Committed to protecting the health of people living and working in the City of London and with strict restrictions on polluting vehicles on the horizon with the Ultra Low Emission Zone (ULEZ), it has also taken strong steps to transform its own fleet. In 2016, the authority implemented a Corporation-wide ‘no diesel’ policy. For every new vehicle purchased the City Corporation does a business case study to make sure they choose the best-suited vehicle for the job. Oversight extends beyond their own fleet: any new contractor the city brings on board must have a fleet that meets FORS Grade Silver Requirements and complies with the CLOCS Standard for Construction Logistics.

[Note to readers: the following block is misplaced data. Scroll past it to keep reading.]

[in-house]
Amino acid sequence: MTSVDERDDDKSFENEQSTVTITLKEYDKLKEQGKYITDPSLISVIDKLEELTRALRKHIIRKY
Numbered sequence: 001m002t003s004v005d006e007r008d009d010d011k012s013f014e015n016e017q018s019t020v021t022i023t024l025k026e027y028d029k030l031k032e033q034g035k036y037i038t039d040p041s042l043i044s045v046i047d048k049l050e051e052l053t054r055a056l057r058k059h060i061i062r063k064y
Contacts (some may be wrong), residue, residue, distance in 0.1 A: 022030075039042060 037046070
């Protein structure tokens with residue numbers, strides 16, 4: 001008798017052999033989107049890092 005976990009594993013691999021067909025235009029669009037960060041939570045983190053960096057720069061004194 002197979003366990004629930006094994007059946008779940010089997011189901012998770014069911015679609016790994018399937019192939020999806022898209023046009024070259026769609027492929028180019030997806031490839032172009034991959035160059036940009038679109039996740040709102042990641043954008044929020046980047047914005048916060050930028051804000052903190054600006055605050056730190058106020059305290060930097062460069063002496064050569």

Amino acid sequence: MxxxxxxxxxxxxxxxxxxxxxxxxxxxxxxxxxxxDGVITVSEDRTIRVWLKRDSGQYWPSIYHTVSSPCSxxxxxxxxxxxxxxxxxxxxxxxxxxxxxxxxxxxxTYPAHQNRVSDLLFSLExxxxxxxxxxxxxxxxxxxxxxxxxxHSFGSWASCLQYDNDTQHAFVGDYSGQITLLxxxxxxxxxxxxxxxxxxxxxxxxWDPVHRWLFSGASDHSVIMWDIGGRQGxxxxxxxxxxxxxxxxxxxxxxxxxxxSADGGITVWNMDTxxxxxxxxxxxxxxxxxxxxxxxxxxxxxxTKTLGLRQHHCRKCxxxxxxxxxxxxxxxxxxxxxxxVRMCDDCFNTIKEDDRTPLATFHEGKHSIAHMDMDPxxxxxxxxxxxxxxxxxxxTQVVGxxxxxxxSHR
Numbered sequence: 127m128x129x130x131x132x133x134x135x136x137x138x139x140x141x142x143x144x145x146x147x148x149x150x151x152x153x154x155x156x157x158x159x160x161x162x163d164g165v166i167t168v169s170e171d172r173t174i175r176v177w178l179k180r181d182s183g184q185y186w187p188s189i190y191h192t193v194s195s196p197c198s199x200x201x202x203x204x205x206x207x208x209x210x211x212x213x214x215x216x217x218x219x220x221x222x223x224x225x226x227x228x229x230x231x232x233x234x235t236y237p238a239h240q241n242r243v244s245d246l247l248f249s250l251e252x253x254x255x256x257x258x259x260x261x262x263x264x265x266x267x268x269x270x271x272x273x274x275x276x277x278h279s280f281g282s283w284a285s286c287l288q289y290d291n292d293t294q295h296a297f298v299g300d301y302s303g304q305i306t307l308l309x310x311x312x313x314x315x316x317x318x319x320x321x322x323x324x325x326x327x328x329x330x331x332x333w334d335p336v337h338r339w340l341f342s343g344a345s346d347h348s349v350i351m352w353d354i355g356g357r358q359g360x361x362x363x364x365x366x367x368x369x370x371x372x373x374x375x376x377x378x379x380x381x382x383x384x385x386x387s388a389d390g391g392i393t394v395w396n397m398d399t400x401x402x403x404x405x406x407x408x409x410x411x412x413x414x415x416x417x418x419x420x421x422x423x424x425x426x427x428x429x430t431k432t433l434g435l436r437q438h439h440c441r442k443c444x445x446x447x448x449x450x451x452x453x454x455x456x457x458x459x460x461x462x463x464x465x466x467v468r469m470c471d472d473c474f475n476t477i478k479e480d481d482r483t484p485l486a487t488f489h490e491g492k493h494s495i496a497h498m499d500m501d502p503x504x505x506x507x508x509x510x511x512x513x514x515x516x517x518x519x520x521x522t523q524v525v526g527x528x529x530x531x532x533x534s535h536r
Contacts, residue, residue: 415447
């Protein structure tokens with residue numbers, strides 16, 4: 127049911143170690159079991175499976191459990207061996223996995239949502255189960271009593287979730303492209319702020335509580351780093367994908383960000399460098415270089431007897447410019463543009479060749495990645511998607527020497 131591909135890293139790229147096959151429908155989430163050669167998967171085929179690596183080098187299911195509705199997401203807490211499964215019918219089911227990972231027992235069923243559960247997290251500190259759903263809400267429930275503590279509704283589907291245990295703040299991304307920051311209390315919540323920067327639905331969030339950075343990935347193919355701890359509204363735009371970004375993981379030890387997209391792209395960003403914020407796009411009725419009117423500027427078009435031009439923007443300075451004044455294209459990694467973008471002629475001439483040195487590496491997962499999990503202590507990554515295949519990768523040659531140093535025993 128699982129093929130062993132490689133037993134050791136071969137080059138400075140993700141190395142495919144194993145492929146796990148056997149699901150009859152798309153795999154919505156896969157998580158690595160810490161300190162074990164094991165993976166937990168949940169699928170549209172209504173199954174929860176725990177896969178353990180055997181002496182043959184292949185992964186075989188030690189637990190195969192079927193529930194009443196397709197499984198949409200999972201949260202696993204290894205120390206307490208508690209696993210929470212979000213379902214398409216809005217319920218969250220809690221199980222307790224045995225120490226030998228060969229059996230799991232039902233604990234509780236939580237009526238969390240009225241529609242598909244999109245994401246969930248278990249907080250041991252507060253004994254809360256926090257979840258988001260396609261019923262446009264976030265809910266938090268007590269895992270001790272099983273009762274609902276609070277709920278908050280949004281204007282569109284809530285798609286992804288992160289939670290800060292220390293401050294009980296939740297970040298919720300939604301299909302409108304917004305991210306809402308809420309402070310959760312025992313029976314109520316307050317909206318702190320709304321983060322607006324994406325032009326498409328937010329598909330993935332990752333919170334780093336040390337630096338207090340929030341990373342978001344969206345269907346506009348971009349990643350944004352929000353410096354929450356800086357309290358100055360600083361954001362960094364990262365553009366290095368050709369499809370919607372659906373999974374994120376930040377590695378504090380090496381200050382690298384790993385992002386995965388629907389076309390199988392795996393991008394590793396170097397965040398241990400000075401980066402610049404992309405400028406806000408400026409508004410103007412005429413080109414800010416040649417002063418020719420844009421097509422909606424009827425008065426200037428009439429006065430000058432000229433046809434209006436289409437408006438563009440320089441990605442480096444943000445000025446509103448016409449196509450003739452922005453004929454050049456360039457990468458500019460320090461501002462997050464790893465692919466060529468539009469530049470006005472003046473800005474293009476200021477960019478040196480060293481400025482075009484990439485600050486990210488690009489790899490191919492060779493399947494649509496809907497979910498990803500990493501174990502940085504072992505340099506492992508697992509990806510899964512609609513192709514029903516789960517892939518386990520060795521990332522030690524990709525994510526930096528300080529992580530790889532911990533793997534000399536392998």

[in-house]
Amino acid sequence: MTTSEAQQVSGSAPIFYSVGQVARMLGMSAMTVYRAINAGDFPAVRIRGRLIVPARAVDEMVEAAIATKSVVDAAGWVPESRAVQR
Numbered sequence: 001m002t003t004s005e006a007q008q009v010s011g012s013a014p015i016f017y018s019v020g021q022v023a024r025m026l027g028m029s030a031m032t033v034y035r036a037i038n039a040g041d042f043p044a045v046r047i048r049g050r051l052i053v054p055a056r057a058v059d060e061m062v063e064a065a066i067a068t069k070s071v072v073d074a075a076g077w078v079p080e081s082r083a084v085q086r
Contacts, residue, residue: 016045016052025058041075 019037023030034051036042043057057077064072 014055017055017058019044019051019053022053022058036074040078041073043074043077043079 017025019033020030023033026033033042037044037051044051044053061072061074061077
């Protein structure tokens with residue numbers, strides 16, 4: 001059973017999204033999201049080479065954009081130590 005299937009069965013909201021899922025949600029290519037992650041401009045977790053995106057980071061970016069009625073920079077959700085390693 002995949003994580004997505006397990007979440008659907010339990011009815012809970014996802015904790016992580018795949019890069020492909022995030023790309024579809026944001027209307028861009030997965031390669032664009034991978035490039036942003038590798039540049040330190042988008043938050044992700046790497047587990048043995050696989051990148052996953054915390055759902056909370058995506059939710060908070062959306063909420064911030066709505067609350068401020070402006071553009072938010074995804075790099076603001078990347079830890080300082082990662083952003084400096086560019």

Oxford City Council
Last year, Oxford City Council called the government out on what it considered over-optimistic modelling of its air quality problem. The city’s own air quality monitoring showed air pollution to be above legal limits in several streets in central Oxford. Based on this local data, the city council – in partnership with Oxfordshire County Council – proposed the world’s first Zero Emission Zone in Oxford city centre. They also installed vehicle charging points in residential streets using £800,000 of funding from the Office for Low Emission Vehicles (OLEV).
Yorkshire Ambulance Service